Until recently the aforementioned networks were protected by isolation, i.e. they were not connected to outside data networks. However, as we enter the information revolution these networks will become part of the networks-of-networks. The connection of these networks make their operation better as the systems are able to communicate. However, the same interconnection introduces the possibility that an unauthorized intruder may enter and corrupt the system.

Note: during the early days of the Cold War, DoD maintained dedicated, redundant, and survivable communications. Today, 95% of DoD communications ride on the public switch network. America has witnessed hackers who easily penetrated and manipulated the public switch network. Can our nation's communications net withstand a coordinated attack from a hostile nation state? Should DoD be concerned for the security of the public switched network?

America's economic, political, and industrial infrastructure are now open to attack via the net; this is the essence of Information Warfare (IW). IW offers hostile entities the capability to exploit, disrupt, and/or destroy our nation's ability to operate.

Why are hostile forces looking to information warfare?

  1. No other nation, political group, or crime cartel has the ability to challenge the U.S. in a traditional force-on-force engagement. Consider the early days of our Revolutionary War and the way British troops were trained to fight. They lined up in columns and marched head-on into battle. Our patriots challenged this conventional method of warfare and took cover. America's adversaries, like our revolutionary ancestors, are now posturing for a new form of warfare fought within the information sphere. This new type of warfare can make it possible for them to exert their will on America.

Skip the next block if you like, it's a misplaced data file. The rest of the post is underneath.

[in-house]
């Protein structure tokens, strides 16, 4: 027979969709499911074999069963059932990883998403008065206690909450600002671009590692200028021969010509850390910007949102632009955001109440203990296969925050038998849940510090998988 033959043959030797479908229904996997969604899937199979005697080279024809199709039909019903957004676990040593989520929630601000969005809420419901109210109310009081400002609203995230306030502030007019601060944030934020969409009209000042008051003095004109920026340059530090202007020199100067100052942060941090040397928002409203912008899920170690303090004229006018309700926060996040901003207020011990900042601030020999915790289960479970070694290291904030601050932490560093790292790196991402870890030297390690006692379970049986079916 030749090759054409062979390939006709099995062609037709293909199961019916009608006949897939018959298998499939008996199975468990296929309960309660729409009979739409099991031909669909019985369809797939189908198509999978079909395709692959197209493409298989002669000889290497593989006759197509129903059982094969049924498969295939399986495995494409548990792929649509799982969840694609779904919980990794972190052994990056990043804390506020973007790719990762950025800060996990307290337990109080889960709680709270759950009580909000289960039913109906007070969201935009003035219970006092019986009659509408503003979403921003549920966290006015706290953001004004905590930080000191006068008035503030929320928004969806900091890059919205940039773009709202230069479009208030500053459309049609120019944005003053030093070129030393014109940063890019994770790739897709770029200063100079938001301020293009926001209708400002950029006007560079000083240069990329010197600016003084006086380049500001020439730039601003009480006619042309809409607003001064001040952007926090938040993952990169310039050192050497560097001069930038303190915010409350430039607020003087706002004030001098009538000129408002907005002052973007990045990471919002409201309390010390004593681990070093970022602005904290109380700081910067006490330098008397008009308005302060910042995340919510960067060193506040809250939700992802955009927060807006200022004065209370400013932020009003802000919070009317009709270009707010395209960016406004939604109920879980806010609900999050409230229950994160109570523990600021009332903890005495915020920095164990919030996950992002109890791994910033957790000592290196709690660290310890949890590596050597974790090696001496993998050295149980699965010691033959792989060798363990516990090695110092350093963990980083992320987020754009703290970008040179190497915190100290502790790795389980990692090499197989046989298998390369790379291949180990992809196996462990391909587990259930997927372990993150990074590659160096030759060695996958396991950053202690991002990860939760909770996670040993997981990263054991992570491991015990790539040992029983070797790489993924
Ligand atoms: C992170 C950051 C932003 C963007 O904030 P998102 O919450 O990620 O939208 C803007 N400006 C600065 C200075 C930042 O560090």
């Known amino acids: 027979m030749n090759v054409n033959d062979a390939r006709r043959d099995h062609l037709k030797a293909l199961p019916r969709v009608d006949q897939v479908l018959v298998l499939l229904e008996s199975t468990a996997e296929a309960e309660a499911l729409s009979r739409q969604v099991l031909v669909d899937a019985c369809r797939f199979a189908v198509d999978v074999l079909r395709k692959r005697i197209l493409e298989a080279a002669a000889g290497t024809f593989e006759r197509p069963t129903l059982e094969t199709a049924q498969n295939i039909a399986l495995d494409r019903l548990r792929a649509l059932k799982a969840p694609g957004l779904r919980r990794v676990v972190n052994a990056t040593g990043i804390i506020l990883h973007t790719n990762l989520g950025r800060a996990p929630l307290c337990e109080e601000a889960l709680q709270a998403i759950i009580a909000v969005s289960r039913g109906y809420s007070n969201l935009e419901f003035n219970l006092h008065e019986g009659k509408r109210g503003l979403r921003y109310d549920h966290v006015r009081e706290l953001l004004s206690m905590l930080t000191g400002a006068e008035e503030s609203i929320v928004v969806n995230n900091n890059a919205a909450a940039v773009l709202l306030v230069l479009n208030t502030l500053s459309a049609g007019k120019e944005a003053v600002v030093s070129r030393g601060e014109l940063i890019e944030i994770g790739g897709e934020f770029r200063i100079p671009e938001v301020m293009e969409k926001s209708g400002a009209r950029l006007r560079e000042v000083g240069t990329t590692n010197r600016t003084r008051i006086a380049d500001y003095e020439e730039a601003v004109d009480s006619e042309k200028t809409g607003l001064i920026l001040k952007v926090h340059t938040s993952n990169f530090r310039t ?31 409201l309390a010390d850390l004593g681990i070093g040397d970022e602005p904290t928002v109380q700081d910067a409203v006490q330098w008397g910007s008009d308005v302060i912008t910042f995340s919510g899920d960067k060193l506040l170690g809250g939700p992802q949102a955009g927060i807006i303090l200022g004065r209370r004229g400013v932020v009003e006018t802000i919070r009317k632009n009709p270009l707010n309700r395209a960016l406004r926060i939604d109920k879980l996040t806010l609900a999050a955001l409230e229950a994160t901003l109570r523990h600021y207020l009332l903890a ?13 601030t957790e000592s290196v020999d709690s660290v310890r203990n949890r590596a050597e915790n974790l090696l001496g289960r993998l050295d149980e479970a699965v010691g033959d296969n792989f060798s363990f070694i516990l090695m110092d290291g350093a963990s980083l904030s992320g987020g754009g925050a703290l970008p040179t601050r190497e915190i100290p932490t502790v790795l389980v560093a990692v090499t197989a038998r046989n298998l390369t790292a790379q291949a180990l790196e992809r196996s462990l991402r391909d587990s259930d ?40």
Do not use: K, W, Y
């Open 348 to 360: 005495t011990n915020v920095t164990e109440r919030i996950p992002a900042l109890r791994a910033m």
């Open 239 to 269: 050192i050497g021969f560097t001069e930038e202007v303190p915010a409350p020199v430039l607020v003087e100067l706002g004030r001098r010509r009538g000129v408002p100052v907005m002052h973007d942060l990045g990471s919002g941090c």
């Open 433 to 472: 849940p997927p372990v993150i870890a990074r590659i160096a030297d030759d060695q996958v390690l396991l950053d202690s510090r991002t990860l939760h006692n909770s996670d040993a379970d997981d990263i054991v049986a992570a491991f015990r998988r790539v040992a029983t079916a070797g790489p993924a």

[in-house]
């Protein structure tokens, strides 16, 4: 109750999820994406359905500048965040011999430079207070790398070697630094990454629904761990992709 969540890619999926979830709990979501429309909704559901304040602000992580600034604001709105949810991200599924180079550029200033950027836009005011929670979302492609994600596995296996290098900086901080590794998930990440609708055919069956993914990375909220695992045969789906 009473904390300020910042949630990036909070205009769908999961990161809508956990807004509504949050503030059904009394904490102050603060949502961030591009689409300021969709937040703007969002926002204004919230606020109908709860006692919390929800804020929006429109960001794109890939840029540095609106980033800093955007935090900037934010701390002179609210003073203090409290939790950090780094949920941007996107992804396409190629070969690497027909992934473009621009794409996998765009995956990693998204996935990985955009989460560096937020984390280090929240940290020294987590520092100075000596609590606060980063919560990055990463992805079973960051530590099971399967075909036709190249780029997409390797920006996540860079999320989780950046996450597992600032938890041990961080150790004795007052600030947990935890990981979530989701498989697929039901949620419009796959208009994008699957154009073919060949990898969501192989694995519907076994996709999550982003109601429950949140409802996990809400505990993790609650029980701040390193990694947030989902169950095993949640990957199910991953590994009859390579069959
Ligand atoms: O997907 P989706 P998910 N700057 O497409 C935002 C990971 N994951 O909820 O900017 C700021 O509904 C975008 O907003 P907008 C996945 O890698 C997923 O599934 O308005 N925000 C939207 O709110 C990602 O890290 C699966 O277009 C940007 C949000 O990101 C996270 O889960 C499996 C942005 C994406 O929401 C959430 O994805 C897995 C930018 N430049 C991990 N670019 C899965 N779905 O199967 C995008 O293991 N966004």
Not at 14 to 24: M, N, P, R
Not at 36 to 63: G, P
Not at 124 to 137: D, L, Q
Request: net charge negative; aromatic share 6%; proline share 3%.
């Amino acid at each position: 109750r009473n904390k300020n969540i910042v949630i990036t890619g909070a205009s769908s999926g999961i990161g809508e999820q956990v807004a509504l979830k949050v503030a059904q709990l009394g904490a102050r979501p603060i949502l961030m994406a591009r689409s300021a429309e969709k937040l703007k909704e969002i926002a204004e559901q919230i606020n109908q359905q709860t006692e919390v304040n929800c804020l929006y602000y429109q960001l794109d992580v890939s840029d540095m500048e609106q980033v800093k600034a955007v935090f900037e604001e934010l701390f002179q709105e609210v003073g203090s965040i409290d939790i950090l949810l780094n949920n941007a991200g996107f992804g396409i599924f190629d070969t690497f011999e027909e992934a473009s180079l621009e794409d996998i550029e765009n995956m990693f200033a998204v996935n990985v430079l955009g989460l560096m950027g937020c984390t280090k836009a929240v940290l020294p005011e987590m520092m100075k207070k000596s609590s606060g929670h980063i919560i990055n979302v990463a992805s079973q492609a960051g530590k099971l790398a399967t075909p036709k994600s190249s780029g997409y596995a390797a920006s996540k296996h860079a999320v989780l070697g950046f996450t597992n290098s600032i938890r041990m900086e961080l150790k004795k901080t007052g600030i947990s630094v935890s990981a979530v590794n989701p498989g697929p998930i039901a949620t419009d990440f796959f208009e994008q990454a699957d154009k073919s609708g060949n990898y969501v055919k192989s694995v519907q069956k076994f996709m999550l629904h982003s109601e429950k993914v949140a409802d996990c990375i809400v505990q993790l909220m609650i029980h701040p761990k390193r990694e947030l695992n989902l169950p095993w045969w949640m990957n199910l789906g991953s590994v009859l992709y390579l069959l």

2. War fighters have always considered an adversary's political, economic, and industrial infrastructure as strategic targets. The information revolution now offers them the ability to strike America by non-lethal means, many times, without attribution. The ability to exploit, disrupt, and or destroy our nation's infrastructure by attacking its computer based operation, makes information warfare a very cost effective weapon to our adversaries.


The challenges facing America's future are not unlike those of the early 1950's. The difference is that the nuclear threat is replaced by a new threat. IW effects may weigh heavily on the future of our nation. Over the next decade our nation will have to adopt some type of Information Policy, that establishes a means of coordinating the defense of America's infrastructure. Likewise, DoD and the Intelligence Community need to develop methods of providing critical technology and information to the public and commercial sectors.

Here are the important points of this module:

  • Then: DoD leveraged the majority of research. Now: Commercial demands drive development.
  • ARPANET's utility has evolved into a basic requirement.
  • The public trust of government has been severely degraded.
  • Information Warfare = a new way for hostile forces to exert their influence on America's economic, political, and industrial infrastructure.
  • Why IW? America has virtually eliminated other nation state's ability to project classic force-on-force, i.e., our nation's military capabilities so dominate those of other nations, few can challenge America militarily; therefore, most nations of the world have effectively lost their element of military power when dealing with America policy.
  • During the Cold War DoD maintained separate, dedicated, hardened communications. Today, 95% of DoD communications ride on the public switched network.

Note: You must have Netscape version 2.0 or higher to run the post test.

Go back to intro. Go back to intro. Go to post test. Go to module 2.